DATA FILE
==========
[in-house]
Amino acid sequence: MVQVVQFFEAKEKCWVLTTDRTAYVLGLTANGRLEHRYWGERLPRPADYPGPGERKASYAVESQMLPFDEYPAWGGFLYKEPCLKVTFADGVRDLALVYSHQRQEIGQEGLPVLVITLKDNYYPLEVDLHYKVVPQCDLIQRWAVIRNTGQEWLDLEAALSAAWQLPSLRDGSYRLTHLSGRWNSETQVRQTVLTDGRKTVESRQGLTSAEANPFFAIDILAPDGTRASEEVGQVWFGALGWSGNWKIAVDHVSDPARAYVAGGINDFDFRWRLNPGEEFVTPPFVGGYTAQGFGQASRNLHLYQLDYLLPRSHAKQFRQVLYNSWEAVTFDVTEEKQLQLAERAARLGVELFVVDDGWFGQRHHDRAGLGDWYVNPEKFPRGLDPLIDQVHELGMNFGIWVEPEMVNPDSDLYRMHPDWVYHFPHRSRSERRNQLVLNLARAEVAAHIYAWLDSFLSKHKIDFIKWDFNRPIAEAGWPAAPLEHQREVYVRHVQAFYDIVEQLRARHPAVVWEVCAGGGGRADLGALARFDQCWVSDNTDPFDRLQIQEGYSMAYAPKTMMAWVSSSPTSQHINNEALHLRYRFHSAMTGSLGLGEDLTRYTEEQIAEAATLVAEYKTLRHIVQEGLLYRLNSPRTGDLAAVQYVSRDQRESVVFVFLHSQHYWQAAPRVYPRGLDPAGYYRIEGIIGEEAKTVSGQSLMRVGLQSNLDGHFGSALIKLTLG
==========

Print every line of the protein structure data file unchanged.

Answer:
[in-house]
Amino acid sequence: MVQVVQFFEAKEKCWVLTTDRTAYVLGLTANGRLEHRYWGERLPRPADYPGPGERKASYAVESQMLPFDEYPAWGGFLYKEPCLKVTFADGVRDLALVYSHQRQEIGQEGLPVLVITLKDNYYPLEVDLHYKVVPQCDLIQRWAVIRNTGQEWLDLEAALSAAWQLPSLRDGSYRLTHLSGRWNSETQVRQTVLTDGRKTVESRQGLTSAEANPFFAIDILAPDGTRASEEVGQVWFGALGWSGNWKIAVDHVSDPARAYVAGGINDFDFRWRLNPGEEFVTPPFVGGYTAQGFGQASRNLHLYQLDYLLPRSHAKQFRQVLYNSWEAVTFDVTEEKQLQLAERAARLGVELFVVDDGWFGQRHHDRAGLGDWYVNPEKFPRGLDPLIDQVHELGMNFGIWVEPEMVNPDSDLYRMHPDWVYHFPHRSRSERRNQLVLNLARAEVAAHIYAWLDSFLSKHKIDFIKWDFNRPIAEAGWPAAPLEHQREVYVRHVQAFYDIVEQLRARHPAVVWEVCAGGGGRADLGALARFDQCWVSDNTDPFDRLQIQEGYSMAYAPKTMMAWVSSSPTSQHINNEALHLRYRFHSAMTGSLGLGEDLTRYTEEQIAEAATLVAEYKTLRHIVQEGLLYRLNSPRTGDLAAVQYVSRDQRESVVFVFLHSQHYWQAAPRVYPRGLDPAGYYRIEGIIGEEAKTVSGQSLMRVGLQSNLDGHFGSALIKLTLG